We thank Rainer Banse for providing us with the stimuli used in Study 2.
The Big Chill: Interpersonal Coldness and Emotion-Labeling Skills
Article first published online: 26 APR 2012
© 2011 The Authors. Journal of Personality © 2011, Wiley Periodicals, Inc.
Journal of Personality
Volume 80, Issue 3, pages 703–724, June 2012
How to Cite
Moeller, S. K., Robinson, M. D., Wilkowski, B. M. and Hanson, D. M. (2012), The Big Chill: Interpersonal Coldness and Emotion-Labeling Skills. Journal of Personality, 80: 703–724. doi: 10.1111/j.1467-6494.2011.00738.x
- Issue published online: 15 MAY 2012
- Article first published online: 26 APR 2012
- Accepted manuscript online: 29 JUL 2011 03:40PM EST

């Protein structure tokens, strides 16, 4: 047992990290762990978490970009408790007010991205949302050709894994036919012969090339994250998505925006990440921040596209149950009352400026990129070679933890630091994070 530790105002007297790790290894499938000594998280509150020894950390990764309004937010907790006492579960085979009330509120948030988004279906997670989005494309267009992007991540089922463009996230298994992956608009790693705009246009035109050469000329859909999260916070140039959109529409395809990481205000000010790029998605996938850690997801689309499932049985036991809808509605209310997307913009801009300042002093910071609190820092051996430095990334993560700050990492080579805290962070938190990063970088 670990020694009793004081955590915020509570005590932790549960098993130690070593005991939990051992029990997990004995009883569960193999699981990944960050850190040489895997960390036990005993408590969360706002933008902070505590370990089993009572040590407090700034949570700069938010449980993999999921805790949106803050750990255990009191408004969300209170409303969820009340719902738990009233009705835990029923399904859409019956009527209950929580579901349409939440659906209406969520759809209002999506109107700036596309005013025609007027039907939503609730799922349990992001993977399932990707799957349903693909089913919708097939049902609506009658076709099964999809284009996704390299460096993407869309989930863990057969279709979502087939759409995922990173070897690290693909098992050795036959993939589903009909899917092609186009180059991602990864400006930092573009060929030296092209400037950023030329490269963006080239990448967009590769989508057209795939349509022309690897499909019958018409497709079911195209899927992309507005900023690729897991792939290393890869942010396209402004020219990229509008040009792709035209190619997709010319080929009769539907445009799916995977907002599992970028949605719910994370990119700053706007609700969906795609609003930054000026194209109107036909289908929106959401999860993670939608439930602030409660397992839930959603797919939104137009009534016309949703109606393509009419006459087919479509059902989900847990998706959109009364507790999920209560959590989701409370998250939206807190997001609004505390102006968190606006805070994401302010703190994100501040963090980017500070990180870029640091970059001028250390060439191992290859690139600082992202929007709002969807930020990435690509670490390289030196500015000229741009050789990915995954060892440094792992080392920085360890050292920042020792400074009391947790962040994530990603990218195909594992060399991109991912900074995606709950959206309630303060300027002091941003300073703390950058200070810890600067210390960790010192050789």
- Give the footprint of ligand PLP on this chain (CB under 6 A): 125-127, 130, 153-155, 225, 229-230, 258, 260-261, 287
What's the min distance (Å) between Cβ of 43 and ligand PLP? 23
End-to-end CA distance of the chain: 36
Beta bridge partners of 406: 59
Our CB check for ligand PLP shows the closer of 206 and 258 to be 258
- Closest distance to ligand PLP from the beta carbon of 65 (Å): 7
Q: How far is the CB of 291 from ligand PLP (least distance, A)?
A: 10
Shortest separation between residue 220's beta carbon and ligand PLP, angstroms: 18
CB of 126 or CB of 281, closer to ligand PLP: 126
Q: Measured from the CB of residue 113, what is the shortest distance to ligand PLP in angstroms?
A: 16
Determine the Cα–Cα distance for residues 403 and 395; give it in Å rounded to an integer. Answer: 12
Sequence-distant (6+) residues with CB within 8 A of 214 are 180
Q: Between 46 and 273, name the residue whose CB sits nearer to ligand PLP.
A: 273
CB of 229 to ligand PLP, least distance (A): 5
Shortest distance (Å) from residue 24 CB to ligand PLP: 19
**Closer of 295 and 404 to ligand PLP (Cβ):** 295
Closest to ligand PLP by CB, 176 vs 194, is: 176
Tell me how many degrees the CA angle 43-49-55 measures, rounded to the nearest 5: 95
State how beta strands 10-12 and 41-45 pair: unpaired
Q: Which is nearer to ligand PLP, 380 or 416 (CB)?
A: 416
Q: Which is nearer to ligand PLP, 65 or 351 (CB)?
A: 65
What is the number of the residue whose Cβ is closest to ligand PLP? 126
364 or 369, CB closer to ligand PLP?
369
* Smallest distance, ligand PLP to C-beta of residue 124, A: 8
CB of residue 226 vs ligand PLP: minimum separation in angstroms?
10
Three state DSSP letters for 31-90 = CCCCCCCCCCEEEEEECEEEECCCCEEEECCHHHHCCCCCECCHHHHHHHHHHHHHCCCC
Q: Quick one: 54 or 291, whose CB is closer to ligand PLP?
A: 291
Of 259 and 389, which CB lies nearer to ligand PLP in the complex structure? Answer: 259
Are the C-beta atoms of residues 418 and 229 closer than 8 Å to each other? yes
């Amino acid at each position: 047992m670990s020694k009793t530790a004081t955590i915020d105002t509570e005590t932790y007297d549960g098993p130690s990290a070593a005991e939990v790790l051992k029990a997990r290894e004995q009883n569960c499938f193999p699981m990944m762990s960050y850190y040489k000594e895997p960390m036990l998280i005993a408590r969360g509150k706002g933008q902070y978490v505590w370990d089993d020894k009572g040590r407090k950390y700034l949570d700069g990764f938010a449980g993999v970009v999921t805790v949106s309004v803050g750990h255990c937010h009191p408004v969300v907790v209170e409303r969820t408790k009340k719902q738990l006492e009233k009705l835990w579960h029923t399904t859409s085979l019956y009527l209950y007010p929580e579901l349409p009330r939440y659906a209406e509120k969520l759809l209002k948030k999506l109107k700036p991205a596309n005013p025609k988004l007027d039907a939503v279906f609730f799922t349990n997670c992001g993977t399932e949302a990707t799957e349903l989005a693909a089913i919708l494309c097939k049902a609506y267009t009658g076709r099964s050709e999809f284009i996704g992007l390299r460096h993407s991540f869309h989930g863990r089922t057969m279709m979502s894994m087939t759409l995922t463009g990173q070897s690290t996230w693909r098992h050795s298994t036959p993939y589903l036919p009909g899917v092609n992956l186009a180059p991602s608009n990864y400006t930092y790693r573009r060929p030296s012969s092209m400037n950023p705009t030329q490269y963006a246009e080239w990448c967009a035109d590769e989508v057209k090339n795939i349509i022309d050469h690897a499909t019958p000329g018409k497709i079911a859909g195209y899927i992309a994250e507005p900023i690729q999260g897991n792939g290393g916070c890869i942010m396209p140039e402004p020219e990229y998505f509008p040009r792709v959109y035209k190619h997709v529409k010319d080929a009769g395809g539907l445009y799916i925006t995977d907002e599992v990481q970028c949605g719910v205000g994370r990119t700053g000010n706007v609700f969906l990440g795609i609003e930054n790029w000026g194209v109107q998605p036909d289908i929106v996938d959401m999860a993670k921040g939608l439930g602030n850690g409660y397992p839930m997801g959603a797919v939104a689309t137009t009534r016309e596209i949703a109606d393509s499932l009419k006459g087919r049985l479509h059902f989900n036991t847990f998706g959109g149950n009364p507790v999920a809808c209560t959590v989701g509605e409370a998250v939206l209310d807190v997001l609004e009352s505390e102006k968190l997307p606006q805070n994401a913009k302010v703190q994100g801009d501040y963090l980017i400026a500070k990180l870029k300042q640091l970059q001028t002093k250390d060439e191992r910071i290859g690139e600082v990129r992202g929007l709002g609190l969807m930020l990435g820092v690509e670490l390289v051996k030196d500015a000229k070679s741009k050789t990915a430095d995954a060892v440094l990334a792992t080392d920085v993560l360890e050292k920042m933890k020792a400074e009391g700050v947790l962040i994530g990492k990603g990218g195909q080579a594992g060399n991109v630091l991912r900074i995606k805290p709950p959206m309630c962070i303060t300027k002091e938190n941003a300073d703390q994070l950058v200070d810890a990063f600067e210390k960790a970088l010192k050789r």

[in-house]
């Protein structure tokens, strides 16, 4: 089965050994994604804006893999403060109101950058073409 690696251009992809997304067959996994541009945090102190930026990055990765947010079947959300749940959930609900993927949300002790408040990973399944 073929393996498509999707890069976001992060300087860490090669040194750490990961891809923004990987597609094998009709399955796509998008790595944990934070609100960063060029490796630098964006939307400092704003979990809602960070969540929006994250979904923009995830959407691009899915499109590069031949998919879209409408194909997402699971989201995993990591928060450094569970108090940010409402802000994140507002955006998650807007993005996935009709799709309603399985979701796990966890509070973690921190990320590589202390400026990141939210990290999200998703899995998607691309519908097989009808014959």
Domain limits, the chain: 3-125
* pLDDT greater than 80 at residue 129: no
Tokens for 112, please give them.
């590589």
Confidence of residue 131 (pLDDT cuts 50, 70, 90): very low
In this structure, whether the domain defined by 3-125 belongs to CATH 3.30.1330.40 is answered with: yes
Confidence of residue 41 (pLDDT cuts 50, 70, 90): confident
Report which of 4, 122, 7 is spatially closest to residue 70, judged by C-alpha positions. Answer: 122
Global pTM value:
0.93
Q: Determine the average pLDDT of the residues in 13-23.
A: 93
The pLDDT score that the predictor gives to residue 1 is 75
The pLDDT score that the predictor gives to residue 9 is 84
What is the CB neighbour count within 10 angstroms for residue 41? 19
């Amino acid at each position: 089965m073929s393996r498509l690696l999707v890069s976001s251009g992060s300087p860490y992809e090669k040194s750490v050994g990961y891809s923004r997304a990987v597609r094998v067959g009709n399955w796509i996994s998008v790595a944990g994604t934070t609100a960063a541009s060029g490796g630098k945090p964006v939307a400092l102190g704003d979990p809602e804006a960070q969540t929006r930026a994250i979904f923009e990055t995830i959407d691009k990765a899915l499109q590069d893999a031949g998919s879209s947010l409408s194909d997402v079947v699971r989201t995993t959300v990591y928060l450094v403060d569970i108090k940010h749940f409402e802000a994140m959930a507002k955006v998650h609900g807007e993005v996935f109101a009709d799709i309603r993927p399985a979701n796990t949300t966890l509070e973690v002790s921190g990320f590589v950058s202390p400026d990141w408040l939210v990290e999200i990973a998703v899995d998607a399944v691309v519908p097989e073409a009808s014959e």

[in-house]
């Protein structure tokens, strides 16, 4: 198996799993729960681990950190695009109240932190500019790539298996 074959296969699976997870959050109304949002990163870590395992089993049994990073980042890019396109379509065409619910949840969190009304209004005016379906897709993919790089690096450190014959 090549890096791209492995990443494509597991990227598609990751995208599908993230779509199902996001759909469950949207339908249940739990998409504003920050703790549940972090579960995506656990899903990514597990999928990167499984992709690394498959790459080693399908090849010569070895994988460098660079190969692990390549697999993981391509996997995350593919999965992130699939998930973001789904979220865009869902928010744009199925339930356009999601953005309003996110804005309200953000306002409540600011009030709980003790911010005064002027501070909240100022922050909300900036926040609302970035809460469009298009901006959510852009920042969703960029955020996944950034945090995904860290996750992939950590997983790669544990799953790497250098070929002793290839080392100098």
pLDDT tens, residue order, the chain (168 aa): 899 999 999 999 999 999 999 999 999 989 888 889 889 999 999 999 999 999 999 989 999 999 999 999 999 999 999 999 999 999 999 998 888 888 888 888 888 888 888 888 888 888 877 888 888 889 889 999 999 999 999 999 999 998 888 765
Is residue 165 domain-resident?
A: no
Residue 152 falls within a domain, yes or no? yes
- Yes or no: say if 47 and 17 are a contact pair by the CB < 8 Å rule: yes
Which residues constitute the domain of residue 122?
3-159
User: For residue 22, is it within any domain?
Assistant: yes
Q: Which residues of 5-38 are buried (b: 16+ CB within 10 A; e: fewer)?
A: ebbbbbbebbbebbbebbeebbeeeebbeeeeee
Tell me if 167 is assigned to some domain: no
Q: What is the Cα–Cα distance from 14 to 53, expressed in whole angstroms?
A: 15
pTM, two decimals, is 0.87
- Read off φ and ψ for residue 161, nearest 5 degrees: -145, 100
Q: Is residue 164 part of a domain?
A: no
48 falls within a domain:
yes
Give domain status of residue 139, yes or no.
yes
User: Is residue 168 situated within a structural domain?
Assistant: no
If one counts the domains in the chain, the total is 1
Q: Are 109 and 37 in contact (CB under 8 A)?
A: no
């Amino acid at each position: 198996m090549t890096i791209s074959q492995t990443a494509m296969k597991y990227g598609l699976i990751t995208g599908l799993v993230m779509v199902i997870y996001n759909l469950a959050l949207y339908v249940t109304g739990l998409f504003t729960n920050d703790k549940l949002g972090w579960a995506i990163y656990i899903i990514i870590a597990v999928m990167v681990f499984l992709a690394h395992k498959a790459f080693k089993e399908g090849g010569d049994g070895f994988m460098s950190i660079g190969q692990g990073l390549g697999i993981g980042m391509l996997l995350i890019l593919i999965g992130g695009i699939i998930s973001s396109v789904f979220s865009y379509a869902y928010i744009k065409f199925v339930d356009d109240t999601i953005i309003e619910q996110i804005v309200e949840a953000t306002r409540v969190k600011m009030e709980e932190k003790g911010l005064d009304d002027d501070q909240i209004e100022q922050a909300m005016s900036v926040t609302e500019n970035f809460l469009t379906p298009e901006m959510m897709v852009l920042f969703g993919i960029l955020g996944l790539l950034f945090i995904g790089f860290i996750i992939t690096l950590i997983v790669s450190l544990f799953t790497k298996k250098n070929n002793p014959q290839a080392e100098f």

Interpersonally cold (relative to warm) individuals may be less skilled in inferring the emotional states of others, a factor that should contribute to their poorer social relationships. Systematic support for this hypothesis was obtained in 4 studies (total N = 434 undergraduates) involving diverse emotion- and affect-decoding tasks. Specifically, relatively cold individuals exhibited lower accuracy in decoding emotional facial expressions (Study 1), in labeling the emotions of others from audio and video clips (Study 2), in predicting the emotions of others from social scenario descriptions (Study 3), and in the normative accuracy of their word evaluations (Study 4). Altogether, the results demonstrate that cold individuals appear broadly deficient in linking emotion and affect to relevant environmental stimuli. Implications of the findings for understanding the nature and correlates of interpersonal coldness are discussed.